Texas history buffs should circle Friday, Feb. 22 on their calendars — that’s the day the “Victory or Death” letter penned by William Barrett Travis at the Alamo will be displayed for the first time in 177 years.
Denton County residents have another reason to be interested — the letter will be publicly read for the first time by a distant relative of Travis — Denton County Sheriff Will Travis — during a 4 p.m. ceremony at the Alamo.
Sheriff Travis is a fifth-generation great-nephew of William Barrett Travis.
Jerry Patterson, commissioner of the Texas General Land Office, sent the Denton County resident a request earlier last month to read what some describe as the letter “defining true patriotism,” after learning of his connection to the Alamo commander.
This will be the first time the letter has been at the Alamo since it left with a courier on horseback under the cover of darkness during the famous 13-day siege in 1836, according to the land office.
“This is a once-in-a-lifetime chance to be inspired by this patriotic letter at the Shrine of Texas Liberty itself,” Patterson wrote in an e-mail.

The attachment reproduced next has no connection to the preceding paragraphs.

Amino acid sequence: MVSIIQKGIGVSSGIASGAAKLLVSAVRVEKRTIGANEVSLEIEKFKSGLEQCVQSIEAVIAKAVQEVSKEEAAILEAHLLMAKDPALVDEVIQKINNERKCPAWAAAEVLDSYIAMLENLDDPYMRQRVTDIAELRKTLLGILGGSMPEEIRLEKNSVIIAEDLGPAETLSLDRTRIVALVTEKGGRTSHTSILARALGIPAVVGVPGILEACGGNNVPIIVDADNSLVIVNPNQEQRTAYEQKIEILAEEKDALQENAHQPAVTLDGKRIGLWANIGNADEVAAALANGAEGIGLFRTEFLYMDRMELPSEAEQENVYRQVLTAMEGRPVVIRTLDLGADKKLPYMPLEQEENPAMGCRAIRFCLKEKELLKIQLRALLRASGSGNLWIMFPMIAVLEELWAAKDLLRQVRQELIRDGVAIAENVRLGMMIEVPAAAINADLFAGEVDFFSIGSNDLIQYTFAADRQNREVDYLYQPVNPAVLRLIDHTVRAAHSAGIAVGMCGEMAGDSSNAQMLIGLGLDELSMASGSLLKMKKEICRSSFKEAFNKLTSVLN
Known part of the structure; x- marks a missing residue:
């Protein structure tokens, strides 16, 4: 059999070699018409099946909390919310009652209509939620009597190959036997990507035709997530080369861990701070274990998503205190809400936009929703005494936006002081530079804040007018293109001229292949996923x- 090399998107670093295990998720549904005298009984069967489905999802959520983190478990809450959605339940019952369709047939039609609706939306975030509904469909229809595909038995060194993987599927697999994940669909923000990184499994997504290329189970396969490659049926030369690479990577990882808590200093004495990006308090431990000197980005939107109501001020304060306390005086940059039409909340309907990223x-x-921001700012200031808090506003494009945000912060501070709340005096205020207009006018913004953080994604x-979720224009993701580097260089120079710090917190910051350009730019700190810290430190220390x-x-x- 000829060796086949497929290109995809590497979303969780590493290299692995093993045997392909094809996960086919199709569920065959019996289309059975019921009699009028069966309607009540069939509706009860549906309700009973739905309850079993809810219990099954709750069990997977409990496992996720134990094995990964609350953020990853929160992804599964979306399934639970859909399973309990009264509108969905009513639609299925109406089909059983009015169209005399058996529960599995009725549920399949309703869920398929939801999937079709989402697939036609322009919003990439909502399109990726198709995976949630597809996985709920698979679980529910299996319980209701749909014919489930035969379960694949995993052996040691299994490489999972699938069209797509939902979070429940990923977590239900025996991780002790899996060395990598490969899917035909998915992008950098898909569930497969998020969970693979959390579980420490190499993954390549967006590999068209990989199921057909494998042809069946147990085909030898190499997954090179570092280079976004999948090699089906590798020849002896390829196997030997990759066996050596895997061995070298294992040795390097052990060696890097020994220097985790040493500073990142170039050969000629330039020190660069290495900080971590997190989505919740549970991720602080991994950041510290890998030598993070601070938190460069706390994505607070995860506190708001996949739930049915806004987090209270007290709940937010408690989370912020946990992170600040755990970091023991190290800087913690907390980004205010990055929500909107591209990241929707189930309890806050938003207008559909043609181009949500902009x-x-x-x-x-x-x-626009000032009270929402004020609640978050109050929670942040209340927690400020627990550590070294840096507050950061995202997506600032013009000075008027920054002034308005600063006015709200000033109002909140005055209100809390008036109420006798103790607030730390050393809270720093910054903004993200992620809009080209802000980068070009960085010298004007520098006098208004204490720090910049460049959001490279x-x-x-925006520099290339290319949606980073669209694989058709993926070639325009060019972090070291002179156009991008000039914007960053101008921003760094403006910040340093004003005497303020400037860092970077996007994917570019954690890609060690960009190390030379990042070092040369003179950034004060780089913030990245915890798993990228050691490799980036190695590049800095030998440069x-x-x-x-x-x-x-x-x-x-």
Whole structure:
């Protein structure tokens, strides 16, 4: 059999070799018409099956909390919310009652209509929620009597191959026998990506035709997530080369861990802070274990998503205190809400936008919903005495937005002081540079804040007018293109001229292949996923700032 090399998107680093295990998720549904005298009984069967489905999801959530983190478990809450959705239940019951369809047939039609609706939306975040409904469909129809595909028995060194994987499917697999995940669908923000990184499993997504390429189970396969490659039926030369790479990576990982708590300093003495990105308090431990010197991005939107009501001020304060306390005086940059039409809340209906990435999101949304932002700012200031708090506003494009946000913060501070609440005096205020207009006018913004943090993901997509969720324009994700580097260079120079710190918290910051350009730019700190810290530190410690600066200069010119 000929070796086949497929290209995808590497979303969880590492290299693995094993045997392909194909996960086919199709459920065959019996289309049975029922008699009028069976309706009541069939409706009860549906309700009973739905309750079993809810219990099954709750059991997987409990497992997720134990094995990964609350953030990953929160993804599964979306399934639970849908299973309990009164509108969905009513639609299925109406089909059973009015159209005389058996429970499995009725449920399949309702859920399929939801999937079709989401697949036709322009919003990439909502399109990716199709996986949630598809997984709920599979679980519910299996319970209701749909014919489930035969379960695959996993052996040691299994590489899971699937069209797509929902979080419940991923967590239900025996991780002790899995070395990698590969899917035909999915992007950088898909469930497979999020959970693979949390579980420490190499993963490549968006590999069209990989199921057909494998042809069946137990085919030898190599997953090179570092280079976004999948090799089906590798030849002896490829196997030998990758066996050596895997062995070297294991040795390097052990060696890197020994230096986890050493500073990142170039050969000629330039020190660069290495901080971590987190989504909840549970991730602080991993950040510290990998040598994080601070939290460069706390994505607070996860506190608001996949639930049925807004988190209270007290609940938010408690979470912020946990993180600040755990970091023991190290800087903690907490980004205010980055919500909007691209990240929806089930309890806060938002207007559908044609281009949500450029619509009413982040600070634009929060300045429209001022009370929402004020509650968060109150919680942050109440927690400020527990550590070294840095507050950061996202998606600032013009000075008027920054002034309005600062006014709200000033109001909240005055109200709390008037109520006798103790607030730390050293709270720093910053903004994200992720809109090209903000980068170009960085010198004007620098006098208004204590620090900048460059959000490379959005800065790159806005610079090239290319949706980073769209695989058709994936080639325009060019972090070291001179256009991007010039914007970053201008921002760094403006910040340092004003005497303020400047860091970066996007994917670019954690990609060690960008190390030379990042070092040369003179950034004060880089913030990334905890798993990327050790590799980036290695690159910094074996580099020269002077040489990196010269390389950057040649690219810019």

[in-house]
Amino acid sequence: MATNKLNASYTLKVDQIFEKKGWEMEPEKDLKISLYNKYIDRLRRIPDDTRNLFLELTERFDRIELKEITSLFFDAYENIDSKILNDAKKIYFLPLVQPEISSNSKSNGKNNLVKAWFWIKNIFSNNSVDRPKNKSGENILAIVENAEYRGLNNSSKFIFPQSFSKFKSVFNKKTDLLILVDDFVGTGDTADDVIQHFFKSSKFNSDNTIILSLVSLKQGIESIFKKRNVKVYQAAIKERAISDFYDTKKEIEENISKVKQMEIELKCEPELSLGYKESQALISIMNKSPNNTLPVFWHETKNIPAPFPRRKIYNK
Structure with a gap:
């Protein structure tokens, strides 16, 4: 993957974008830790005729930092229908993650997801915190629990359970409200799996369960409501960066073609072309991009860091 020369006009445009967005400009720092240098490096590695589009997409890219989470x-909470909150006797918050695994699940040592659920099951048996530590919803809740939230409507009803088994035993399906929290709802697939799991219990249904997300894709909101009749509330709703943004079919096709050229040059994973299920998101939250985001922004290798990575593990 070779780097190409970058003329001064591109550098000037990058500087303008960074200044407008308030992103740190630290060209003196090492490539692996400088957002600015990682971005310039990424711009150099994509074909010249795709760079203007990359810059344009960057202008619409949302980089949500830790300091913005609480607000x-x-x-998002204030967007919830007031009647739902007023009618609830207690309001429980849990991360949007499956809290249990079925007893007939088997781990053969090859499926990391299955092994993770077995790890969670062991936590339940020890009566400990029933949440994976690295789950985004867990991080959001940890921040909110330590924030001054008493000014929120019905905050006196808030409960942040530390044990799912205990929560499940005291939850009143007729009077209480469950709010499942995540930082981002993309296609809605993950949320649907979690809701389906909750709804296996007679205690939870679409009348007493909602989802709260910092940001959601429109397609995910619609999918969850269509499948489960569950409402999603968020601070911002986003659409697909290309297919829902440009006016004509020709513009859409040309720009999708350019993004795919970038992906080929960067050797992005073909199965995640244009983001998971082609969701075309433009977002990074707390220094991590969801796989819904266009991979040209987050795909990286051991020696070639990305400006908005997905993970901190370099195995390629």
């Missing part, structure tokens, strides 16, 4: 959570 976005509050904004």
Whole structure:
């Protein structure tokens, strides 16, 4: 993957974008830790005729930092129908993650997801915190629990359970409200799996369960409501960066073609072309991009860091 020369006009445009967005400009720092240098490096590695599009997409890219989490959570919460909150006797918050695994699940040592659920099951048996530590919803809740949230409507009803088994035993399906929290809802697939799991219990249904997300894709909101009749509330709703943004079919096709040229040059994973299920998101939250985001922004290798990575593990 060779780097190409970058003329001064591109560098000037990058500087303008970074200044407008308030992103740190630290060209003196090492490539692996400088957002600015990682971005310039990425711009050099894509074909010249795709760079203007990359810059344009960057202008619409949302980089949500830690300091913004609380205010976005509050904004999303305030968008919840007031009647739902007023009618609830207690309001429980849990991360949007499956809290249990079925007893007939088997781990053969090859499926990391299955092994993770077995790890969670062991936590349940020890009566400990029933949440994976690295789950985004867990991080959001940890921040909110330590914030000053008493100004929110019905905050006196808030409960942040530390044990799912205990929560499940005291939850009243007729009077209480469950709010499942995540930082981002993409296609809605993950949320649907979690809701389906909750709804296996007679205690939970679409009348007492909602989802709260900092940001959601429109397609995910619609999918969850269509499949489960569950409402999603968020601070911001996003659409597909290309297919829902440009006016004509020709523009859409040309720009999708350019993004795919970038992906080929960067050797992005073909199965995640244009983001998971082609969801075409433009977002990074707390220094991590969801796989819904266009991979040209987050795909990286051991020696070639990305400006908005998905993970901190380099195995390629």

An honor guard will carry the letter inside, where it will be placed inside a custom-built, shatterproof glass display, allowing visitors to see both sides of the fragile document.
As a prelude to the viewing of the letter, visitors can tour an exhibit detailing Commander Travis’ life and the Texas Revolution through historic documents and artifacts from the vaults of the Texas General Land Office and the Alamo, according to a news release issued by the Texas General Land Office.
A Facebook photo contest sponsored by the Texas General Land Office Save Texas history program is being held in connection with the celebrations. Entrants have until midnight Thursday to enter by submitting original photography that captures the essence of the “Travis Letter” by illustrating the meaning of courage, duty, loyalty and valor. Photographs must be in digital format and include a caption.
For more information, visit the “Travis Letter” Facebook page or www.travisletter.org.
In his letter, written on Feb. 24, 1836, Travis issued a plea for help for the Texian rebels, who were surrounded by enemy forces. Although the Alamo fell, Travis’ letter stirred volunteers to rally behind Sam Houston, who ultimately led them to victory, and the Republic of Texas was born.
Being invited to read the “Victory or Death” letter at the Alamo is quite an honor, one that every Texan — or adopted Texan, for that matter — should be able to appreciate.
Congratulations, Sheriff Travis — Denton County is proud of you.